So, are your characters real? Do their actions ring true as you move them from one scene to another? Will your reader believe their actions and reactions, or step back, shake her head, and be pulled out of your story?

Just something to think about on this rather gloomy Maryland day.

Friday, June 16, 2006

What Readers Want

Every author wants to know what readers want to read. While we must follow the guidelines of a particular publishing house in order to have our books picked for coveted store shelf space, what we want more than anything is for readers to find our stories to be satisfying reads. As an inspirational author this can be a particular struggle. How do we balance what we want to write with what we're told readers want to read?

I've been asking myself this question for three years. Today, I received my answer in a surprising rush of emails that began in the wee hours of the morning and continued until early this afternoon. One after another, readers responded to my books. One in particular offered such a concise outline of her thoughts on inspirational romance that I asked her permission to post it here. I'll paste it below. Please forgive me for removing one sentence, S.

Thank you for your book, When Silence Falls. My mother gets Love Inspired books regularly and passes them on to me sometimes....I enjoyed your book so much I had to tell you. I appreciate that you can portray Christians as having more realistic lives. I could not recommend a book to a non-Christian that portrays Christians as less than human, so super-spiritual that they seem to float above the bills, relationships, and difficulties of life on earth. Our values, integrity, and faith are constantly under fire. Christians are not sappy, but strong in the knowledge that we have access to wisdom, strength, guidance, confidence, and love beyond ourselves. I wish we always accessed it perfectly, but we don't. Pretending that we do is dishonest. Sometimes we get overwhelmed, tired, angry, fearful, and confused, but if we are obedient, we go to God and to other Christians for the help we need to be successful. I liked that the character of Wayne had a past that made people who loved him still wary of the propensity for weakness. I liked that you didn't immediately have Cade, as a professional, act unprofessionally, with a lot of romantic references (even in his thinking} blurring the ethical responsibility he had, though he had a prior childhood relationship with Piper. Of course, you know the boy gets the girl before you pick up the book...it's inspirational romance! I do hope you will write more in your subtle, engaging style. Thank you. S in Oklahoma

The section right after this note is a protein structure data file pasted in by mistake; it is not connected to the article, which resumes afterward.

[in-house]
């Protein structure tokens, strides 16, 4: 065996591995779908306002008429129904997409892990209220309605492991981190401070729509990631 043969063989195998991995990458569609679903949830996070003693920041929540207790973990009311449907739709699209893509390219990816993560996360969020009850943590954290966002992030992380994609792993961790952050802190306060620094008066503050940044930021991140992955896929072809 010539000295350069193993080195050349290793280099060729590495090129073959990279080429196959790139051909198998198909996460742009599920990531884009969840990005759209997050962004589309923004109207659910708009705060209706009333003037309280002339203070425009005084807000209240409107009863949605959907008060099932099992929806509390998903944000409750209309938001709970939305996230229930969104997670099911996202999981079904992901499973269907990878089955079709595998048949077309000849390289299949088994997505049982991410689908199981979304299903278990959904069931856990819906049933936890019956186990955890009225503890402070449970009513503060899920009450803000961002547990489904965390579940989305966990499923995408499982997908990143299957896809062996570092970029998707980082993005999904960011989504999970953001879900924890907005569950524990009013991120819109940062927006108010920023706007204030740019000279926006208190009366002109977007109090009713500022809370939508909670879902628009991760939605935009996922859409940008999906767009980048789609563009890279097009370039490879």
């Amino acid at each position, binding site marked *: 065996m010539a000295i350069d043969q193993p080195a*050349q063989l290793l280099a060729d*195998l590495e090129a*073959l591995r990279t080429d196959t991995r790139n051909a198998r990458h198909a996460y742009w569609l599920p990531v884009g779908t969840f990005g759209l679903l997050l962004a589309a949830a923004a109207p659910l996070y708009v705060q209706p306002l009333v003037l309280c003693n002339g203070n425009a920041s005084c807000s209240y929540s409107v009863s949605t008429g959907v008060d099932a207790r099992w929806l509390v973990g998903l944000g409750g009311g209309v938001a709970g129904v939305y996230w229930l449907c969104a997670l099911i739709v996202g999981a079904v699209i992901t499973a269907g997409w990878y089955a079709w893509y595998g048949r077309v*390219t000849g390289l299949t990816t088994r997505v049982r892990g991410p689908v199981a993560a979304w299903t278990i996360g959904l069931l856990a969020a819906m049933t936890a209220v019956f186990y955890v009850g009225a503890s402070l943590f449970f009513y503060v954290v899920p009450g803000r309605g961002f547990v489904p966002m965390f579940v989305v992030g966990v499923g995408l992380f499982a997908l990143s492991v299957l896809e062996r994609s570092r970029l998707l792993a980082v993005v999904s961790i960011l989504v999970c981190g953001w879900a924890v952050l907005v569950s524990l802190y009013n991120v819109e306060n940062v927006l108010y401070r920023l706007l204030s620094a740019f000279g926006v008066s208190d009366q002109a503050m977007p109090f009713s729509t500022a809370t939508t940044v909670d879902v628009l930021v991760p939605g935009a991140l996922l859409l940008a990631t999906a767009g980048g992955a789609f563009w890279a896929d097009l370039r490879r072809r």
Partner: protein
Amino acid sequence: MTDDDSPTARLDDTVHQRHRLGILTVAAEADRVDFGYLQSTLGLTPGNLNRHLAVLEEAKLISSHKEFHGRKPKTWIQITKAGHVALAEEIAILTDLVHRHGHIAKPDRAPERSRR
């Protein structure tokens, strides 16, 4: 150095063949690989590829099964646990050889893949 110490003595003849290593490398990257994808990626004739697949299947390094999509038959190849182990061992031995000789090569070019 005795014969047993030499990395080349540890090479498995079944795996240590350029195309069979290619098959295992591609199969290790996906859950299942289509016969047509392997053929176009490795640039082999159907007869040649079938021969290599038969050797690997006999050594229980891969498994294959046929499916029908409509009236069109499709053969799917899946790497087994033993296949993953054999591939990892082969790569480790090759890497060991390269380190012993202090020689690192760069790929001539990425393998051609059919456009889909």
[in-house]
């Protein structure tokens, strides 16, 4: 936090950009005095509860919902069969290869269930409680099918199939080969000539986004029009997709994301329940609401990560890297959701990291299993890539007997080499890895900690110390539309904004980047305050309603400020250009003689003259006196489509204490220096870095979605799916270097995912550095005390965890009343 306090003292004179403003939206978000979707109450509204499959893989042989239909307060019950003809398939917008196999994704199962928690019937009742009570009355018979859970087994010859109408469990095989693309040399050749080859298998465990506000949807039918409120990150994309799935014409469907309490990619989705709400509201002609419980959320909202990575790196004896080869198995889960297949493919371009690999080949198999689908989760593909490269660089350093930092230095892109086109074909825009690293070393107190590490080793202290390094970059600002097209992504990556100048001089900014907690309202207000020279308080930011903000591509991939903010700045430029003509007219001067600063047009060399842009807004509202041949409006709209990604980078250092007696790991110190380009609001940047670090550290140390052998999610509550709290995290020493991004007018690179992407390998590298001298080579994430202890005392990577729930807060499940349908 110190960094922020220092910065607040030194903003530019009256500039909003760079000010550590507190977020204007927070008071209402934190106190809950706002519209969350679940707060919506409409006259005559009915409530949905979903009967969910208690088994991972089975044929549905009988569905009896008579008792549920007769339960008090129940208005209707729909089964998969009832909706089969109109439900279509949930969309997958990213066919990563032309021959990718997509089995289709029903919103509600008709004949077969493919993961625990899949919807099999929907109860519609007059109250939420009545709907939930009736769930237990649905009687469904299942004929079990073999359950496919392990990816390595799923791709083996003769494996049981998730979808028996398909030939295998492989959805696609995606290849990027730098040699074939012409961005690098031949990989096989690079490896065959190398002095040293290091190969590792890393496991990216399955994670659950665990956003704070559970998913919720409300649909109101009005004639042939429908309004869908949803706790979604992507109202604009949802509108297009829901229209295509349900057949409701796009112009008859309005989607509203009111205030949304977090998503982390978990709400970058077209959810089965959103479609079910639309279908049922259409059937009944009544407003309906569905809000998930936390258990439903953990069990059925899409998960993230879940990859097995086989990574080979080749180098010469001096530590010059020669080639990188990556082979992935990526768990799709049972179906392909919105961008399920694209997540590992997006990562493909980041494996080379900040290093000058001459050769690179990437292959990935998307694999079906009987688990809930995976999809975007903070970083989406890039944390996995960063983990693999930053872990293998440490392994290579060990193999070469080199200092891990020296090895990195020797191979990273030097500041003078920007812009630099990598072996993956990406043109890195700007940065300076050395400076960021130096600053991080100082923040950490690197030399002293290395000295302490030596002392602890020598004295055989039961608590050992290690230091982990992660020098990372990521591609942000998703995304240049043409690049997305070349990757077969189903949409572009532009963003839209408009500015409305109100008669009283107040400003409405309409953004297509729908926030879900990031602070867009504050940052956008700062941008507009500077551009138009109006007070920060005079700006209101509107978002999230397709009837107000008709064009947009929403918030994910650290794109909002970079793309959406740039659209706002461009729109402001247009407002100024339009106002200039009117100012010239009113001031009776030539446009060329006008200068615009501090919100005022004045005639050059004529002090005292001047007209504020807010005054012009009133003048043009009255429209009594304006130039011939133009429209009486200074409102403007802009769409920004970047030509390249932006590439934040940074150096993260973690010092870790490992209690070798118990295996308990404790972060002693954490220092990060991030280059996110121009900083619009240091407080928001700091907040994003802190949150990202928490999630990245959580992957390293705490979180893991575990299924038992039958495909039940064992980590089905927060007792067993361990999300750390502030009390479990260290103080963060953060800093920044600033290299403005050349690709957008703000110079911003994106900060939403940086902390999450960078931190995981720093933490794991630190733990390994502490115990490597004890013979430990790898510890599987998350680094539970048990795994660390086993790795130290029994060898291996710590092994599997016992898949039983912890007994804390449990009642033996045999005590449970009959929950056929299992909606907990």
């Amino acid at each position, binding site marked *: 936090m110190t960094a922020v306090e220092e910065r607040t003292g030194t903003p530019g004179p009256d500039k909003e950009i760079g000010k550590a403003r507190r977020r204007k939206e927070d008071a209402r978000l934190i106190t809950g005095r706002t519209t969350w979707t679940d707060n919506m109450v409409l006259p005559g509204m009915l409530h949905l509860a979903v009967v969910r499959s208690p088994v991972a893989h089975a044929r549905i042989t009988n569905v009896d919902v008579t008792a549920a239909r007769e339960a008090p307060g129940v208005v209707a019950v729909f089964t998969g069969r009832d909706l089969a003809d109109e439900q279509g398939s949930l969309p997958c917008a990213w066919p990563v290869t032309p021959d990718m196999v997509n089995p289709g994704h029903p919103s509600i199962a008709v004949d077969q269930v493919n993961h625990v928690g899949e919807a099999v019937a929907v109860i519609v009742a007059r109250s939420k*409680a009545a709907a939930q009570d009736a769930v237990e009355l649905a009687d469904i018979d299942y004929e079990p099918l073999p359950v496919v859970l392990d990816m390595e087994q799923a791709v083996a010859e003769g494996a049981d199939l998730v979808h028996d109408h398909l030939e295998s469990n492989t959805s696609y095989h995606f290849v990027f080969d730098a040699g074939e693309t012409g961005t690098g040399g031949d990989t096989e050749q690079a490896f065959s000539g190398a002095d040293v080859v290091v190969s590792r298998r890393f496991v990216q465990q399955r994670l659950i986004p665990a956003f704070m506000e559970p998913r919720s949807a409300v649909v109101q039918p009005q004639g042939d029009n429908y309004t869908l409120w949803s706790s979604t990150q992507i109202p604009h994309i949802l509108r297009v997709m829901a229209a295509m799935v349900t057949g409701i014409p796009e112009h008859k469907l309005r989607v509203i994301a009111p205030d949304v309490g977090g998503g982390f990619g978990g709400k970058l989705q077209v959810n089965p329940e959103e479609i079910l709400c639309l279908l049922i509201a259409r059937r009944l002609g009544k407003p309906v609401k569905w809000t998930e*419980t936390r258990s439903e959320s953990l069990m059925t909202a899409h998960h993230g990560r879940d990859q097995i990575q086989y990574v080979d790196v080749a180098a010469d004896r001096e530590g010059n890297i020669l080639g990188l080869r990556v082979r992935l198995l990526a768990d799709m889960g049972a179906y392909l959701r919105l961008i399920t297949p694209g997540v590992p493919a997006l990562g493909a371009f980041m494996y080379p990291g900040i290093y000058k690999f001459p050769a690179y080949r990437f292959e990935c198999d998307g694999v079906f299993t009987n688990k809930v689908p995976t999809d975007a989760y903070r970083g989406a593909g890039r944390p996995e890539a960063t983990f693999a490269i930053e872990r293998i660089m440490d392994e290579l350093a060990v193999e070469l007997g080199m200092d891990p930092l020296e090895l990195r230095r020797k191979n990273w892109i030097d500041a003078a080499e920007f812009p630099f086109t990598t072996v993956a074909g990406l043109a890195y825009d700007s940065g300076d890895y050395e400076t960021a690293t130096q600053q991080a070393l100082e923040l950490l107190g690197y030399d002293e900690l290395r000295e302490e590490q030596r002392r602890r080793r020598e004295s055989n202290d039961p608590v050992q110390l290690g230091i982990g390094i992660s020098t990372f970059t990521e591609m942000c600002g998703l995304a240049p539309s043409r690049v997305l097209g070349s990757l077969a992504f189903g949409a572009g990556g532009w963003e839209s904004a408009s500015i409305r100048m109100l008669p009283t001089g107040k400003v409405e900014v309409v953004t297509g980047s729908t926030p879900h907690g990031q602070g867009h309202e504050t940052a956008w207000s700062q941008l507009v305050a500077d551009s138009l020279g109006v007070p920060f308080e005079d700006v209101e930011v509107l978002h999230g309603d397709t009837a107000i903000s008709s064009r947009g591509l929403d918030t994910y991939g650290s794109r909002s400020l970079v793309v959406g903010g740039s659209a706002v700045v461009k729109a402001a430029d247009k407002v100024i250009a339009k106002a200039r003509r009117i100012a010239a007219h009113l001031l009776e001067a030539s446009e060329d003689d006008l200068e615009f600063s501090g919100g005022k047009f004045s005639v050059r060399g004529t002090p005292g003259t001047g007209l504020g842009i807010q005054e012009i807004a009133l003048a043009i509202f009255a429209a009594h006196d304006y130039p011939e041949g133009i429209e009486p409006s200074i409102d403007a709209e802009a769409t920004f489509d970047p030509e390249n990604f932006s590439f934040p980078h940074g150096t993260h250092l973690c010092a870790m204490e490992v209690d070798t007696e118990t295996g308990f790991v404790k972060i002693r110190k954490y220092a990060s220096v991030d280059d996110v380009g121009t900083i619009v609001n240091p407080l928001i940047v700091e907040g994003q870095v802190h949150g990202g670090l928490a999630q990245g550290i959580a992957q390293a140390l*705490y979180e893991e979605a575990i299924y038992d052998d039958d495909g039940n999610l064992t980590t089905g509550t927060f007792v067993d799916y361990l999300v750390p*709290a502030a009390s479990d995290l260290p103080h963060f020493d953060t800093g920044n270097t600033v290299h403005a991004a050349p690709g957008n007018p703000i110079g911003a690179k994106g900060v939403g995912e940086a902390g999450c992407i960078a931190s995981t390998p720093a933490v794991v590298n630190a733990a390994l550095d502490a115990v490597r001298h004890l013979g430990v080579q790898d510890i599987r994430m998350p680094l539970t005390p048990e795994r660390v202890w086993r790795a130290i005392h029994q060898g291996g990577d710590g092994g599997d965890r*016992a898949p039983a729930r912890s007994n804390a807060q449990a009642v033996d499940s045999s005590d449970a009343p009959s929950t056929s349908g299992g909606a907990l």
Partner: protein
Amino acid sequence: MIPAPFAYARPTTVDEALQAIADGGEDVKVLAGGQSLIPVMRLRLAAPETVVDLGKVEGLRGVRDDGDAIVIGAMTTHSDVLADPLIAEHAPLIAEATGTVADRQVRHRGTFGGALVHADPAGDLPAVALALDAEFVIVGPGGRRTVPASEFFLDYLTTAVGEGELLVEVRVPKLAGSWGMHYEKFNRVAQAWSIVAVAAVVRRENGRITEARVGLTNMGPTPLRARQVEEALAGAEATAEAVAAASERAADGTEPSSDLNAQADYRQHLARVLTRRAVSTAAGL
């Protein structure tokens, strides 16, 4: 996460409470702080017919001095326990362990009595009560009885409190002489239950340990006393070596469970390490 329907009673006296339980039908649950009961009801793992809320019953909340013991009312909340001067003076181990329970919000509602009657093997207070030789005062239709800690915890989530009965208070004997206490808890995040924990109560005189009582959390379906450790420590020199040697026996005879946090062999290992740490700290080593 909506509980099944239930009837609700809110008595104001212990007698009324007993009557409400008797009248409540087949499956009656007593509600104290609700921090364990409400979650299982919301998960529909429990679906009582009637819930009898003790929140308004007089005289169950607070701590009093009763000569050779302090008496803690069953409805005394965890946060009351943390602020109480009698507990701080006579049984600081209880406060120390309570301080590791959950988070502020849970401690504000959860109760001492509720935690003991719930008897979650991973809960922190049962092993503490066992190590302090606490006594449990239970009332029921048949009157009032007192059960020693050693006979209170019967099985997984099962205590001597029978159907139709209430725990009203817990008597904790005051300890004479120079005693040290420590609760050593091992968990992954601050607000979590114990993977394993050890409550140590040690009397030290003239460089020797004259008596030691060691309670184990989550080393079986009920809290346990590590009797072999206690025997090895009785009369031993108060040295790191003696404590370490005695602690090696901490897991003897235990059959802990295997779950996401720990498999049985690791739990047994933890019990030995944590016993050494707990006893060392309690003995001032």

Thank you, S. You've expressed beautifully what I hear from so many readers - - give us real stories about real people who have real struggles.

I'll leave you all with this thought - if inspirational fiction does not reflect the truth of life - both its beauty and harshness - it can't ever touch the hearts and souls of those reading it.

Tuesday, June 13, 2006

Just Do It